Security risks: The tenuous link between climate change and national security

During his address at the U.S. Coast Guard Academy graduation this week, President Obama highlighted climate change as “a serious threat to global security, an immediate risk to (U.S.) national security.” Is President Obama right? Are the national security threats from climate change real?

When I listen to the “know-nothing” crowd and their front men in Congress who actively ignore ever-stronger scientific evidence about the pace of climate change, I want to quit my day job and organize civic action to close them down. The celebration of anti-knowledge, the denial of science, the treatment of advanced education as a mark of ignominy rather than the building block of American innovation and citizenship—these are as grave a threat to America’s future as any I can identify. So I’m sympathetic to the Obama administration’s desire to take a bludgeon to climate deniers. But is “national security” the right stick to move the naysayers forward? 

The Danger of Overstating for Effect

The White House’s report on the national security implications of climate change is actually pretty measured and largely avoids waving red flags, but it overstates for effect, as do the President’s remarks to the Coast Guard Academy. 

The report gets right the notion that climate change will hit hardest where governance is weakest and that this will exacerbate the challenge of weak states; but it’s a pre-existing challenge and almost all weak states are already embroiled in forms of internal war—climate change may exacerbate this problem, but it certainly won’t create it. The White House report also asserts a link to terrorist havens, and of course there are risks here—but it’s far from a 1:1 relationship, and there’s little evidence that the countries where climate will hit governance worst are the places where the terrorism problem is most serious. 

The report also highlights the Arctic as a region most dramatically effected by climate change, and that is true—but so far what we’re seeing in the Arctic is that receding ice is triggering commercial competition and governance cooperation; not conflict. The security challenge from the Arctic is modest: the climate challenge of melting ice caps and potential release of trapped greenhouse gases is potential very serious indeed. 

Then there are the domestic effects. The report highlights that the armed services may be drawn in more to dealing with coastal flooding and similar crises, and that’s a fair point—though it’s a National Guard point more than its an armed forces point. That is to say, it’s about the question of whether we have enough domestic disaster response capacity: an important question, not obviously a national security question. And it oddly passes over what’s likely to be the most important consequence of climate change in the United States, namely declining agricultural productivity in the American heartland. America’s farmers, not just its coastal cities, are in the front lines here. 

All of these are real issues and the U.S. government will have to plan for lots of them, including in the armed services; all fair. But is national security really the right way to frame this? Is linking it directly to the capacities needed for America’s armed services the right way to mobilize support for more serious action on climate change? 

Of course the term “security” has been evolving, and has long since extended beyond the limited purview of nuclear risks and great power conflict. Civil wars and weak governance and rising sea leaves are certainly a security issue to somebody, and we’re sure to be involved—whether it’s in dealing with refugee flows, or more acute crises where severe impacts overlay on pre-existing tensions. These are global security issues for someone, to be sure; I’m not sure they are “immediate risks to our national security.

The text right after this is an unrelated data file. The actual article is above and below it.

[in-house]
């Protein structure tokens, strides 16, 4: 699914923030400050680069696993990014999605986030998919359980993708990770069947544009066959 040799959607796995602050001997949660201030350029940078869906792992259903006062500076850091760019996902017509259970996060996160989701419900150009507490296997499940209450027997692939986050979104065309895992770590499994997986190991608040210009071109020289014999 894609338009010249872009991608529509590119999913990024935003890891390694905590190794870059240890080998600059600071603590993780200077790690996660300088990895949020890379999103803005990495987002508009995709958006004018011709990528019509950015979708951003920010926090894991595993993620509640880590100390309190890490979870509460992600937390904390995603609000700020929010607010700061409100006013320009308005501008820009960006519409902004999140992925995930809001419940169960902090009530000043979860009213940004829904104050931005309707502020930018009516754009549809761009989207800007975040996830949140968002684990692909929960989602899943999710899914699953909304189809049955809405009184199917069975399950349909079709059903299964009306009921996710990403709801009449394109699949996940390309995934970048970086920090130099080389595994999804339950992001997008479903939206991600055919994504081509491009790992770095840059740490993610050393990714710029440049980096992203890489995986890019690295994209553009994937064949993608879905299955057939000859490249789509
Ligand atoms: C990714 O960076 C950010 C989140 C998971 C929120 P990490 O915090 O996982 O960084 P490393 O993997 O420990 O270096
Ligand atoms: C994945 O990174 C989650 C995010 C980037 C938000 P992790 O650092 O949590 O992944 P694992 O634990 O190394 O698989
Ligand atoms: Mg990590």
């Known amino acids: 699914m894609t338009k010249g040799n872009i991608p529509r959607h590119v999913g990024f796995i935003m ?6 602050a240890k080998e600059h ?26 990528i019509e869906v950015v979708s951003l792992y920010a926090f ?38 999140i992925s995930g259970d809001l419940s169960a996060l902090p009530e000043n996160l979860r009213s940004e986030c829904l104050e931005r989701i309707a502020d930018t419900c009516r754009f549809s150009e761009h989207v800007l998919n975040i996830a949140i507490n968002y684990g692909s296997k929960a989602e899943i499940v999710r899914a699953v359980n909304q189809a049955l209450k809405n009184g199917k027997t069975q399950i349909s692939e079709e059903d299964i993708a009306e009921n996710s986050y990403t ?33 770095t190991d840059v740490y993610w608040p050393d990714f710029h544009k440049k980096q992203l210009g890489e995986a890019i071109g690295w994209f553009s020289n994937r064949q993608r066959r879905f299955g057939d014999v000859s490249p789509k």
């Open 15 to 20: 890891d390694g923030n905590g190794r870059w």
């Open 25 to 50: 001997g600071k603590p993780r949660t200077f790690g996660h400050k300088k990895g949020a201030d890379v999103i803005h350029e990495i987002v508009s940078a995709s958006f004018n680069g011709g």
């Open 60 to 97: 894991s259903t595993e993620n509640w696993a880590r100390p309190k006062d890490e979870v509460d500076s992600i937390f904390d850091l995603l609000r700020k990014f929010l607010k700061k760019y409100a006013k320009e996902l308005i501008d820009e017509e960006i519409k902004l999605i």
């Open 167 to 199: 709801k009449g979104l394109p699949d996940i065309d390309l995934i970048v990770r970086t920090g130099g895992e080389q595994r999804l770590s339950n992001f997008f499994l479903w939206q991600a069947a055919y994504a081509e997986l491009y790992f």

Words Matter

Why does the rhetoric matter? Am I glad that we have a President who cares about climate change? Yes. Do I want the Obama administration to be focusing on mobilizing the American public on this? Yes. So why does it bother me if they use a national security lens? A national security framework implicitly does several things: it invokes a sense of direct threat, which I think distorts the nature of the challenge; it puts military responses front forward, which is the wrong emphasis; and although the report doesn’t get into this question, if the President highlights the immediate national security risk from climate, it displaces other security threats that we confront and truly require U.S. strategic planning, preparedness, and resources. None of this is totally wrong, but surely there are other ways to mobilize the American public to an erosion of our natural and agricultural environment than to invoke the security frame? 

Every piece of evidence I’ve seen about the state of temperature change; the real pathway we are on in terms of carbon-based fuels consumption (despite optimistic pledges in the lead up to the Paris climate conference); realistic projections of growth in renewable energies; and demand growth in the developing world (especially India) tells me that we’re rapidly blowing past the two degree target for limiting the rise in average global temperatures, and we’re well on our way to a four degree shift. 

We need urgently to pivot our scientific establishment away from the now well-trod field of predicting temperature shift to getting a much more granular understanding about the ways in which changing temperature will affect water sources, agricultural productivity, biodiversity, and dramatic weather events. And we need to treat those who willfully deny science—in climate and other areas—as a serious threat to our nation’s  future. I’m just not convinced that national security is the right or best way to frame the arguments and mobilize the America public’s will around this critically important issue.